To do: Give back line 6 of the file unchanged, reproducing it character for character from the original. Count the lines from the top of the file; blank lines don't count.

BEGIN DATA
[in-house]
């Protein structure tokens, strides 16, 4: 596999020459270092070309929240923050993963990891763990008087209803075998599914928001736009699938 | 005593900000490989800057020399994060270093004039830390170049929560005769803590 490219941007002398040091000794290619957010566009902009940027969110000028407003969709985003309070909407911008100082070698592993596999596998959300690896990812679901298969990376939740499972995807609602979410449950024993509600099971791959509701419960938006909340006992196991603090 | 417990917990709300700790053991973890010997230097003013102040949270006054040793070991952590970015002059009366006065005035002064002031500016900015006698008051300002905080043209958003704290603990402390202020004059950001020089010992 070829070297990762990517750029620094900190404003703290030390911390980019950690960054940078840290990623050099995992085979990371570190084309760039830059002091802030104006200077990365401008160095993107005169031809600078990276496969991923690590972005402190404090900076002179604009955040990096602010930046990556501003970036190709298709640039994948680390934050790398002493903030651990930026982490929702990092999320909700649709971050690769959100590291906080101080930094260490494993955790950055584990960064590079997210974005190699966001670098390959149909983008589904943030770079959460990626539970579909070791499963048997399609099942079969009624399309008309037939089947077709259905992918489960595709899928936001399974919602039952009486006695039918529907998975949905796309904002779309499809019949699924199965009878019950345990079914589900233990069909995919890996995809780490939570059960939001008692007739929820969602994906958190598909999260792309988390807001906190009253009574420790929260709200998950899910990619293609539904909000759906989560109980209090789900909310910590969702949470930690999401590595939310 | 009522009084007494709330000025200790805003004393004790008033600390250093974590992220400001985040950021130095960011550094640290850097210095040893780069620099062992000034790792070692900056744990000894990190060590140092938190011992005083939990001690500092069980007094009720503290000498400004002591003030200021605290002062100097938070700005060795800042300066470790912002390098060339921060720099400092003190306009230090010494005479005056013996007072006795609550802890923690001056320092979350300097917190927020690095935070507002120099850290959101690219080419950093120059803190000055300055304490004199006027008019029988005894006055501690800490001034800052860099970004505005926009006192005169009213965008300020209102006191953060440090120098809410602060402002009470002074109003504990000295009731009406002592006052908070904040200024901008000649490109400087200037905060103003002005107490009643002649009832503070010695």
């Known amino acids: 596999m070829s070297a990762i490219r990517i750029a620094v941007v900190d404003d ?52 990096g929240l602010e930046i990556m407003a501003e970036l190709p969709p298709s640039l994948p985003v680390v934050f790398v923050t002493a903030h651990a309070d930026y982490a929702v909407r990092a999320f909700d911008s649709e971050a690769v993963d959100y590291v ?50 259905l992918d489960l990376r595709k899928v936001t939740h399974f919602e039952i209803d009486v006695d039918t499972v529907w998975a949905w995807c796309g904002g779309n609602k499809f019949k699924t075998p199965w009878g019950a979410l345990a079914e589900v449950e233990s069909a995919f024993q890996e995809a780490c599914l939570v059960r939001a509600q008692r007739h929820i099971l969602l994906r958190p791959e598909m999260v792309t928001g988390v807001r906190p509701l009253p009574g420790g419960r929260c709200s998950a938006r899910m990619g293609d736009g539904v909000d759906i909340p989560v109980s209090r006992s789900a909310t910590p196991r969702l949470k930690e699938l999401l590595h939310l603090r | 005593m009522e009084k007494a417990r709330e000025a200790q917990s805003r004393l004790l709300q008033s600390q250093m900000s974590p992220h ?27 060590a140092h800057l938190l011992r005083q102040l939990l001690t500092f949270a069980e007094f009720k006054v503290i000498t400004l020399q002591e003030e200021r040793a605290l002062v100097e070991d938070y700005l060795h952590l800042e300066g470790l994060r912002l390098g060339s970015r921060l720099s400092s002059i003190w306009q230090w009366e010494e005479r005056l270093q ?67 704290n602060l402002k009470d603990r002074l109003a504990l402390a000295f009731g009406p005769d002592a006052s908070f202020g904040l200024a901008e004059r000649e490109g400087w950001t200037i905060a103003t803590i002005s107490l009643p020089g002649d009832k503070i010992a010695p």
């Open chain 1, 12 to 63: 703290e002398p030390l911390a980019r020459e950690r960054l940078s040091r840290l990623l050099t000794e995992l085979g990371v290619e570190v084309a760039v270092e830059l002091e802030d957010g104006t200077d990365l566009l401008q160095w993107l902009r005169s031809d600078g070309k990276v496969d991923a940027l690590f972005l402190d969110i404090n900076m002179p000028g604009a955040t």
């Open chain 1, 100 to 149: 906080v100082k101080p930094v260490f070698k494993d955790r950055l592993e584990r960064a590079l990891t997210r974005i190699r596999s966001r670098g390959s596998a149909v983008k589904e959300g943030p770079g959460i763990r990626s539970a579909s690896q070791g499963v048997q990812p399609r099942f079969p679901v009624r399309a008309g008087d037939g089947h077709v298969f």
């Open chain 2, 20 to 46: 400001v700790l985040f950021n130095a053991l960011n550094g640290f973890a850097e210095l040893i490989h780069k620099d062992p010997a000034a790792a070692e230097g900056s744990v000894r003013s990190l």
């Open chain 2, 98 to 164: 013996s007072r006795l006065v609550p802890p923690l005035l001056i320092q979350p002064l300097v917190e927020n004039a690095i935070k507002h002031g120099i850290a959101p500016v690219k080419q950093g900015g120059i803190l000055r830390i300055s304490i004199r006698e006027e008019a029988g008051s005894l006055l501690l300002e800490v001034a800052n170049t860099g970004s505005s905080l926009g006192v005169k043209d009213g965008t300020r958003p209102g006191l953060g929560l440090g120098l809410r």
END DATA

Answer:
């Open chain 2, 20 to 46: 400001v700790l985040f950021n130095a053991l960011n550094g640290f973890a850097e210095l040893i490989h780069k620099d062992p010997a000034a790792a070692e230097g900056s744990v000894r003013s990190l």